Various relatives had memories that they shared of Auguste, but most of them were not flattering. She seems to have been regarded as somewhat of a tyrant who “ran the family” and was not warm or generous. As one family member wrote:
“Augusta treated Anton like a slave. Ordered him around and made all decisions for him and he was too weak to argue with her. Uncle Clarence went as far as to say she led him around like a dog.”
This seems to have been echoed by one of Augusta’s great-grandchildren, who wrote:
“My grandfather worked hard and brought money home and had to give it all to his mother Auguste. Once he asked if he could keep 50 cents of the money he had earned and Auguste slapped him and told him he couldn’t have the money. Another time Auguste wanted to have a piano, so my grandfather had to work for the money to get the piano for Auguste. As he got older and got married he wanted the piano for his daughter, Agnes. He went back to Auguste and asked her for the piano because he had paid for it . She would not give it to him; he had to buy it from her.”
There were other reasons Auguste was not well-liked by some members of the family:
“The older folks in my family [Porsch] didn’t like [Auguste]. They thought she had smothered the baby twin girl Clara [Anton’s niece Clara Porsch, born 19 Oct 1904] when she was about 2-3 months old. Accidentally of course but …. there was some kind of Family gathering at the Porsch home. Probably Christmas or New Years from the age of the baby who was born in October…and all the coats were piled on the bed. The babies were sleeping in the bed. Aunt Edna said that Augusta was very fat and slow-moving and that she sat on the bed part of the evening. When the guests had gone, Grandma found one of the babies was not breathing. Grandma thought that Augusta might have sat on the baby thinking it was just a pile of coats. Grandma wouldn’t tell anyone that until many years later…she said she didn’t want Augusta to feel bad about it and it wouldn’t bring the baby back. But the children always thought she had killed their baby sister and resented her for it.”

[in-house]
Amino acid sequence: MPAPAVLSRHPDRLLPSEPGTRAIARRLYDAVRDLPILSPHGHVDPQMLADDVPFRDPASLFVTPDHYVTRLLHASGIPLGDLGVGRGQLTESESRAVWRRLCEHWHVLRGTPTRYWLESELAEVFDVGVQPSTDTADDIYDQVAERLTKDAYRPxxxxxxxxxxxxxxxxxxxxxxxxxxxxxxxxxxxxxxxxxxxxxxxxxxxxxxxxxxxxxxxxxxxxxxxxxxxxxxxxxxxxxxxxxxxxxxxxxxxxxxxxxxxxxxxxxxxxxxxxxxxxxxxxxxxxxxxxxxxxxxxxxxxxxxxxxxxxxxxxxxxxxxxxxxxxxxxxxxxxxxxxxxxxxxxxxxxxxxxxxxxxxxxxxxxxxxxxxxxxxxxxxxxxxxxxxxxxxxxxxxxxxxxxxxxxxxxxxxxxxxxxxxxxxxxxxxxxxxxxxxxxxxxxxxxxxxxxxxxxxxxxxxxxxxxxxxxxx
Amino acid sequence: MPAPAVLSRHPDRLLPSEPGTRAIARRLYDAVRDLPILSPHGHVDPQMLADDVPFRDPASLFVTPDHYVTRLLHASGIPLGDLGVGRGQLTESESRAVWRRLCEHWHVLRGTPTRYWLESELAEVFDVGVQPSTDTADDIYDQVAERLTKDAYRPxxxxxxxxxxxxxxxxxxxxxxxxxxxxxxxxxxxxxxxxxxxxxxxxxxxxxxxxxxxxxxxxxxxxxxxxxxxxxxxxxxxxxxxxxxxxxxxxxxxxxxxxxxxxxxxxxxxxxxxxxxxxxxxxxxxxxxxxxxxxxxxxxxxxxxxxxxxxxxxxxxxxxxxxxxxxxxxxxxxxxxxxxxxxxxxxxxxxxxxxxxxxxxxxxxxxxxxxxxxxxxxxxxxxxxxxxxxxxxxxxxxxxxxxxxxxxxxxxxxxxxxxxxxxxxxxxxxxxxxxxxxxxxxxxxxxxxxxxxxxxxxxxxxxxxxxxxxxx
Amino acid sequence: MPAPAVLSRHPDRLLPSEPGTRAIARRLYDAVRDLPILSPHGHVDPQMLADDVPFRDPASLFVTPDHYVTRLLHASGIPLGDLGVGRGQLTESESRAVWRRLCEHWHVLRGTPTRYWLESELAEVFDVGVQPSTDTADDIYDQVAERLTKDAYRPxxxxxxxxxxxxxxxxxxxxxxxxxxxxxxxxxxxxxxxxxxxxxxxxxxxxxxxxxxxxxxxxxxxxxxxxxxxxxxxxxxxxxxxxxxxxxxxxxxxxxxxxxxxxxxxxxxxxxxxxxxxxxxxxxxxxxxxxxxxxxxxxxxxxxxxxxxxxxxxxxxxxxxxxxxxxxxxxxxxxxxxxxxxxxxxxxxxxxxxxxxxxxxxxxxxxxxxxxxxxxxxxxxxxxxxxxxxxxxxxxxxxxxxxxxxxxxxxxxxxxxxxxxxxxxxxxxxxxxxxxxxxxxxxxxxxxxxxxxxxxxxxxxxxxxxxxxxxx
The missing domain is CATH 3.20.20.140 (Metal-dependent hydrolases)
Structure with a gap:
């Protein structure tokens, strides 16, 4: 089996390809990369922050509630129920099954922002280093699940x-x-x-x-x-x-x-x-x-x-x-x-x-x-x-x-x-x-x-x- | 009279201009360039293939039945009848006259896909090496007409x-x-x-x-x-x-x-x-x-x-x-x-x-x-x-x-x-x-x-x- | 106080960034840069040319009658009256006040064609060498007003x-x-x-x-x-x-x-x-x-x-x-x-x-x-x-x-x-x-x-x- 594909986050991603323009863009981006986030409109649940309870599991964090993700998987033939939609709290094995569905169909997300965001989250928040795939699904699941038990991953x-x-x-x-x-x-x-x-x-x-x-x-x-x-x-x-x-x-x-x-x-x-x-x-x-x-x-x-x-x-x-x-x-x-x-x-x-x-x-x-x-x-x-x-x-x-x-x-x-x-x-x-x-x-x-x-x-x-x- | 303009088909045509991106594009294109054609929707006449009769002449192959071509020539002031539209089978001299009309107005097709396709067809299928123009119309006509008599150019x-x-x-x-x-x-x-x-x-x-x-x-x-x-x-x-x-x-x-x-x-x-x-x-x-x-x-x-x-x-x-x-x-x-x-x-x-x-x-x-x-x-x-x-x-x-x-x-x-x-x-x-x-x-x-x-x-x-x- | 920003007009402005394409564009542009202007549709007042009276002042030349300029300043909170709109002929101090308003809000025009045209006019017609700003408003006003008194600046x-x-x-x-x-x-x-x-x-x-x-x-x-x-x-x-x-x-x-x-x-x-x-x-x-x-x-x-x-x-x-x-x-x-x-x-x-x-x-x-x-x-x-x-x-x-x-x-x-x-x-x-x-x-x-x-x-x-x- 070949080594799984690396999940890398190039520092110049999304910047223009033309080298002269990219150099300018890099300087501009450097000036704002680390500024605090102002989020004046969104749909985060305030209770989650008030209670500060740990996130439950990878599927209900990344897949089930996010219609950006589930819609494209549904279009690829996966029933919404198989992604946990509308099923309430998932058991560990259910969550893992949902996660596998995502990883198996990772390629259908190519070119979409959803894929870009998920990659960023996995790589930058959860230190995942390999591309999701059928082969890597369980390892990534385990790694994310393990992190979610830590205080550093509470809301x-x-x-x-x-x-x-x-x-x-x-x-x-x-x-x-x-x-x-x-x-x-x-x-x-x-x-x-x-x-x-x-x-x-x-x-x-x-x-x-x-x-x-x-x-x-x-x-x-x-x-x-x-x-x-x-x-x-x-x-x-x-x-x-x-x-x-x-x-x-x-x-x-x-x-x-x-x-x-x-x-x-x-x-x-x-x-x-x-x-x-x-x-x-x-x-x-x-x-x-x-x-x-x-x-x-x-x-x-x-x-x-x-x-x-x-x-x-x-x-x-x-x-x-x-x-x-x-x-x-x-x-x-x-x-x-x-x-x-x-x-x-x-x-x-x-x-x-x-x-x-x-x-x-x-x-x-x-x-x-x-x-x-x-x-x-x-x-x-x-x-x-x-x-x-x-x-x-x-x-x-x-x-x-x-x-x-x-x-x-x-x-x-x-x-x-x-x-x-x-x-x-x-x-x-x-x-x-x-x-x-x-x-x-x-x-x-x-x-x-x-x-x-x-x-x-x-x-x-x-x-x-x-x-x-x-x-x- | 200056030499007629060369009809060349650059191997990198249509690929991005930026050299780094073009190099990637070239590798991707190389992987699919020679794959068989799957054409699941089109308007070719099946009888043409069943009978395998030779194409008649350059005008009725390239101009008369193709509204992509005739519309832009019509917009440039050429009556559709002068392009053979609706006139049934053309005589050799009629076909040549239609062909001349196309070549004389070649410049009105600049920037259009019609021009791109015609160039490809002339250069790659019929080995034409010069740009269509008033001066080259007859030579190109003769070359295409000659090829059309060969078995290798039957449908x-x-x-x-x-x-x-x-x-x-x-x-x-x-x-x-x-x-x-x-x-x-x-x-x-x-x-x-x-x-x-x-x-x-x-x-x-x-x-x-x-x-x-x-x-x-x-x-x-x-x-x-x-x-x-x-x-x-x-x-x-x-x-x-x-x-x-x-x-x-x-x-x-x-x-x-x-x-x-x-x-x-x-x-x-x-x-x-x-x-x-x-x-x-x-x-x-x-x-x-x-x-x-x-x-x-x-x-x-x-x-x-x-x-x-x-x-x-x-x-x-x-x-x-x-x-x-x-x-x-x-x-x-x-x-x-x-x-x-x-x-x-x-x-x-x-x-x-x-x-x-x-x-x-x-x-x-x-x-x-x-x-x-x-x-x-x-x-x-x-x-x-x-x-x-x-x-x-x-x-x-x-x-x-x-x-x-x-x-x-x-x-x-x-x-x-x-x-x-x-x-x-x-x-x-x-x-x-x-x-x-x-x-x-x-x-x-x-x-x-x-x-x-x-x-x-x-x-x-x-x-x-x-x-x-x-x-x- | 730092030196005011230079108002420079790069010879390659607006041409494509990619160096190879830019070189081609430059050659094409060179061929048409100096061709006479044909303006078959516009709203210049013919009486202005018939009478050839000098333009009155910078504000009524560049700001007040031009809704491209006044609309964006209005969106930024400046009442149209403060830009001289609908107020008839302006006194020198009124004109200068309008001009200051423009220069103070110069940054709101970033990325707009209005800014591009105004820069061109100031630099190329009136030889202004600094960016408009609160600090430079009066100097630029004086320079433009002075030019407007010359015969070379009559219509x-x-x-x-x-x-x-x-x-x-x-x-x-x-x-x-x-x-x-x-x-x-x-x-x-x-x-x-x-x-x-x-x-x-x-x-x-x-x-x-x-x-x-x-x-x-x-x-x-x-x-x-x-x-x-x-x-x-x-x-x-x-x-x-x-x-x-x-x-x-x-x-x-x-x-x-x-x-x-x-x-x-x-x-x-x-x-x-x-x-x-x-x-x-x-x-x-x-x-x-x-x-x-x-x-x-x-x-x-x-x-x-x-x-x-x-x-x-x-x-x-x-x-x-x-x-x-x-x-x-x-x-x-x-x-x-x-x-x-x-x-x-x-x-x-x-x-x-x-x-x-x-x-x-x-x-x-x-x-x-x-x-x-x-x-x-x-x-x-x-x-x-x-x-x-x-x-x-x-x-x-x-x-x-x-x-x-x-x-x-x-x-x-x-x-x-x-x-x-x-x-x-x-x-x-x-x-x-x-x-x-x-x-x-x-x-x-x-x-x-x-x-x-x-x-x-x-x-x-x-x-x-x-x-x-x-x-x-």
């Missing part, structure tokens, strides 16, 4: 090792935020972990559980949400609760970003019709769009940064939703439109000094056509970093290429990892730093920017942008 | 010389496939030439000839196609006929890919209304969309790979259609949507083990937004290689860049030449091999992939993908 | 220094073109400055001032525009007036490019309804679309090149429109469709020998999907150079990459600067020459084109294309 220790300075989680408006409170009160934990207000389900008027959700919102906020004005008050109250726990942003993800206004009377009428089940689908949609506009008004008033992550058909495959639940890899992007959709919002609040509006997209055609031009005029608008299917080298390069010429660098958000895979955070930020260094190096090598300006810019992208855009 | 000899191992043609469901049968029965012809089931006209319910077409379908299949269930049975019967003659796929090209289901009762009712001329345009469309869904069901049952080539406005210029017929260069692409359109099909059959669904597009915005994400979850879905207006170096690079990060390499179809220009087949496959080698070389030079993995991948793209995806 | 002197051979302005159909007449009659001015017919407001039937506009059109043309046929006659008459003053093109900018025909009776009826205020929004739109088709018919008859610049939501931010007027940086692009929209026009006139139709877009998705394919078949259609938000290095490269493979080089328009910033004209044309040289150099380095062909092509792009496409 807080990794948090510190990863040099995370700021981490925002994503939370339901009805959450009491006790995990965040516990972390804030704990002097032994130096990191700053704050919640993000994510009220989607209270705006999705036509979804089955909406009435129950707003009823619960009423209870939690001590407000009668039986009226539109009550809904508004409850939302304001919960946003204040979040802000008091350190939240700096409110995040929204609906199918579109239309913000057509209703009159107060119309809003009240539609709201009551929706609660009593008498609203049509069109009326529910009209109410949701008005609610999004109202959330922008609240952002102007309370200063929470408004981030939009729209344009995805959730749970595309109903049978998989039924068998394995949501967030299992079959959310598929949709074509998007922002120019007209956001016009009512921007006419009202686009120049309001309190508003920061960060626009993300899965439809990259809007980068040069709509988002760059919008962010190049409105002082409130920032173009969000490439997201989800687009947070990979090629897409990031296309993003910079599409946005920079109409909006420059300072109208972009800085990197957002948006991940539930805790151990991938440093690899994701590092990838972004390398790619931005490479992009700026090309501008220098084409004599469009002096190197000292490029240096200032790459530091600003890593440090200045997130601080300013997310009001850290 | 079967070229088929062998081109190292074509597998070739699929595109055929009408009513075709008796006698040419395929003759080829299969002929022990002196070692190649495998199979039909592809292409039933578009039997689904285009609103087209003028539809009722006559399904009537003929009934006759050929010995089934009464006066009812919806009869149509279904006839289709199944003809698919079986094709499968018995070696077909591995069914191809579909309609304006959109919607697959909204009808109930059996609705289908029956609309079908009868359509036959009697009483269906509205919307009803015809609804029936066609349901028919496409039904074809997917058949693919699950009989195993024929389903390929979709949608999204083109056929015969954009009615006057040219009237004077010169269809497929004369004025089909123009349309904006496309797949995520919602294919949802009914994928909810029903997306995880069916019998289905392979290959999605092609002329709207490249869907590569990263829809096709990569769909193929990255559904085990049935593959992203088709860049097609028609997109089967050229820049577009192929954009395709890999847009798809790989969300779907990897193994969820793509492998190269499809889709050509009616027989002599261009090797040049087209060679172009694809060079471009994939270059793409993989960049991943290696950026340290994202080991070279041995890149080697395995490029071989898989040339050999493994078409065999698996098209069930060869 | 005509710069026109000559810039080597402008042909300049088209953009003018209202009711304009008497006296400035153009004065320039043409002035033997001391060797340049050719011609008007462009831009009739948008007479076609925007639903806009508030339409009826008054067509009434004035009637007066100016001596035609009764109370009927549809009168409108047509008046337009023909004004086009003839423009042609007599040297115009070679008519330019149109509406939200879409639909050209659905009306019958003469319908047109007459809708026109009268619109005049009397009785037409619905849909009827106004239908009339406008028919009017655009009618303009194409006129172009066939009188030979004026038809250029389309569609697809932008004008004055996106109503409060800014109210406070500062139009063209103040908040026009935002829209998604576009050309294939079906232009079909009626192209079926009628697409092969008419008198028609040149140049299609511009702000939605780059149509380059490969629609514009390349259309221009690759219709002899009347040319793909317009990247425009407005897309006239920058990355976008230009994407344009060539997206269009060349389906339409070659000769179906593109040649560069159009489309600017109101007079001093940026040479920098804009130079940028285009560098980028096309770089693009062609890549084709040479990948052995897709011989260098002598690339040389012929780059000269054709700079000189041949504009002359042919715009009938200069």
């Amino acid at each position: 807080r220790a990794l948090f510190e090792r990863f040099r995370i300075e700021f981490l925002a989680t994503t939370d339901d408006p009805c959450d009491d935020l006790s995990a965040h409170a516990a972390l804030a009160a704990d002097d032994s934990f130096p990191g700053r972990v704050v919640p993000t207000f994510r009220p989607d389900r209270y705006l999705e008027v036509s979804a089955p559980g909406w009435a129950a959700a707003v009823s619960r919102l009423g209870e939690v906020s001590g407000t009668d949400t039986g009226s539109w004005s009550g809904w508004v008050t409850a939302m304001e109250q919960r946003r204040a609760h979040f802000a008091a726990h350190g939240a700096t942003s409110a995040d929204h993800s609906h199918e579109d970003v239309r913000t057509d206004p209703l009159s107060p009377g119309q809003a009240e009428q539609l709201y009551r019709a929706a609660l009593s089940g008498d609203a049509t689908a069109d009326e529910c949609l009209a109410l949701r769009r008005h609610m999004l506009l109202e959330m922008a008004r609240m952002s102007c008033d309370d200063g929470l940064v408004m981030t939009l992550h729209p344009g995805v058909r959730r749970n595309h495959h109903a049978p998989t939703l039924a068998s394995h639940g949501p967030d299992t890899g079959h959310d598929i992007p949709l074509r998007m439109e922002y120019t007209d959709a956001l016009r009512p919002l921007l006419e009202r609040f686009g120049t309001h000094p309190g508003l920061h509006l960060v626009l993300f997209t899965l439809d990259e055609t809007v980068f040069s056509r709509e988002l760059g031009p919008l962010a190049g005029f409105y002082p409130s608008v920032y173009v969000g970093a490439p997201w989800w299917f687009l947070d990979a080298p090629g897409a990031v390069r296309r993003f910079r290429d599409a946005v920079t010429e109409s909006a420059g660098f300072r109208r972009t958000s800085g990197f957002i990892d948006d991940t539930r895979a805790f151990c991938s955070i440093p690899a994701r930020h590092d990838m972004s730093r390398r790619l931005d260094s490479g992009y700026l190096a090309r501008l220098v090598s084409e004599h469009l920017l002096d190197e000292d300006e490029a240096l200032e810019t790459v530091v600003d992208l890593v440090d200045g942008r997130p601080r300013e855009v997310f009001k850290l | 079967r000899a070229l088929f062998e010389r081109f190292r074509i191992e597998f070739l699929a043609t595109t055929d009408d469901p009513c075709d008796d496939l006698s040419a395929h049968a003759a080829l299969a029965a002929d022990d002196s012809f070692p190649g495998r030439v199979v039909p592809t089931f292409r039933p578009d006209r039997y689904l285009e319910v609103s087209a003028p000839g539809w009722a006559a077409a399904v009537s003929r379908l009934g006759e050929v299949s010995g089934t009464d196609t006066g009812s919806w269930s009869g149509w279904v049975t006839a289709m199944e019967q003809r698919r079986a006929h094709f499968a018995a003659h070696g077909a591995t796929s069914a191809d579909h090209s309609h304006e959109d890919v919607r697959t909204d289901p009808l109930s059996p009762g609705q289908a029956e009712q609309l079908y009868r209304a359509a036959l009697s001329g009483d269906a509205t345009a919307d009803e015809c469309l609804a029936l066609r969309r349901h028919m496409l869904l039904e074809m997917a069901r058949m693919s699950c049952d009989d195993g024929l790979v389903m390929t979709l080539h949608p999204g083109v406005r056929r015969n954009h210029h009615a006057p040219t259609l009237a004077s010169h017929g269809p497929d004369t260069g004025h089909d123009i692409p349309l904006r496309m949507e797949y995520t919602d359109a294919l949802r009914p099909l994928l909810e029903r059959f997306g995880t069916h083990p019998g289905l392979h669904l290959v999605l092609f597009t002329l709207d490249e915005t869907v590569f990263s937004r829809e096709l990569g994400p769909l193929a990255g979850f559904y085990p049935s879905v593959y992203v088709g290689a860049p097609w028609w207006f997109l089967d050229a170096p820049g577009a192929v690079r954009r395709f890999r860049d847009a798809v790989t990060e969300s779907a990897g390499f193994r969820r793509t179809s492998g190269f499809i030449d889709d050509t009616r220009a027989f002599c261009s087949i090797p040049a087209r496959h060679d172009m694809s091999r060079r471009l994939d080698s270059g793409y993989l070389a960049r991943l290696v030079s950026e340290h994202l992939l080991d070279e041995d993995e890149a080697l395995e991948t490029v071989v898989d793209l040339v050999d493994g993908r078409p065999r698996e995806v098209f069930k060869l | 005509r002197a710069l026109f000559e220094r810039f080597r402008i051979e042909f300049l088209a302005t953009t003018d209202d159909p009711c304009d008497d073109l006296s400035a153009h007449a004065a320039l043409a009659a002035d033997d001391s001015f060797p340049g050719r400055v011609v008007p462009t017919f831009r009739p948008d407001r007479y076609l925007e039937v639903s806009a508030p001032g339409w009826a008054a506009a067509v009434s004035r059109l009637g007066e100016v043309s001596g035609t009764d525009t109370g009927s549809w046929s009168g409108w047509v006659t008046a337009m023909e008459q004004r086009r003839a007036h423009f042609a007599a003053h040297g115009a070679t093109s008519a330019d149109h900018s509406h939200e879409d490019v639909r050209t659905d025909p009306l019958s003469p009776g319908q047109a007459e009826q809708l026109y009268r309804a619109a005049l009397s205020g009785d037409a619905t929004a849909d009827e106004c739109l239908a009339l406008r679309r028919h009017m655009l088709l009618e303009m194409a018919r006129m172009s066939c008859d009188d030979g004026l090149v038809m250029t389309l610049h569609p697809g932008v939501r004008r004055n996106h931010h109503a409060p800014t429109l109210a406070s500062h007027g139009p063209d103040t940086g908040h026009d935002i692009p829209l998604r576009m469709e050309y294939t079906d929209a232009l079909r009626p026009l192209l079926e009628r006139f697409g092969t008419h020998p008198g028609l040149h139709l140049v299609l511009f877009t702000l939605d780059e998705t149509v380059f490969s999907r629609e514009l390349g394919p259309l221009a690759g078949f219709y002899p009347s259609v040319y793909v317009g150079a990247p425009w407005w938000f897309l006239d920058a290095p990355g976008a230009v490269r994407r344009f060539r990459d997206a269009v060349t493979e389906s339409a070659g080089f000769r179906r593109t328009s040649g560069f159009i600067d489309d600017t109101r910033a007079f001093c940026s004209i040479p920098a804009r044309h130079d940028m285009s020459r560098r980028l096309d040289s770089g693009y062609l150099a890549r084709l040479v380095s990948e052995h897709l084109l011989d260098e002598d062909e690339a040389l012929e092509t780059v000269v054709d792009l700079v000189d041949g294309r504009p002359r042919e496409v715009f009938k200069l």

Just a brief word about Auguste’s children:
Anna “Annie” Wimmer married Anton William Christian. They had two children, Ruby and Elmer. She died in Alabama on 29 Nov 1952, just seven months after her husband did.
Maggie Wimmer married Hans Christian Knudsen. They had a daughter named Vivian. Maggie died 11 Jan 1978 in Tacoma.
Mary Wimmer married George W Scott. They had a son Emery George Scott. Mary died in childbirth at the age of 27 on 15 Jan 1916 in Tacoma.
Elsie Wimmer married Ralph Raymond Rissler. They had a daughter named Nellie Velma “Ella” Rissler. She then married a man whose last name was Tracy. Elsie died on 22 Jul 1977 in Tacoma.
Anton Wimmer married Frieda Anna Jeschke. They had three children, Arnold, Leonard, and Agnes. Anton died on 6 Aug 1971 in Graham, Washington.
Lizzy Otremba married Charles Lorenzo Rose. They had four children, Ethyl, Roscoe, Robert, and Eugene. Lizzy died 13 Apr 1986 in Tacoma.
Fred Otremba married first Marie Serina Bartlett. They had three children, Kenny, Reuben, and Elmer. Then he married Viola Tiny Hoyt with whom he had no children. Fred died on 30 May 1971 in Spanaway, Washington.
Frank Otremba never married and never had children. He died on 23 Mar 1940 in Tacoma at the age of 40.
Ella Otremba married Charles H. Miles and they had two children, Donald and Dorothy. Ella died 12 Apr 1980 in Humboldt, California.
Auguste and Anton lived on the farm in Roy, Washington for most of the rest of their lives. Anton died in Tacoma on 29 Sept 1930 at the age of only 69. In the 1940 Census, Auguste is living with her daughter Ella Miles’s family at 25 Muck Creek Road in Roy, Washington. She died three months later in Tacoma on 1 Jul 1940 at the age of 82. She was buried in Mountain View Memorial Park in Lakewood, Washington.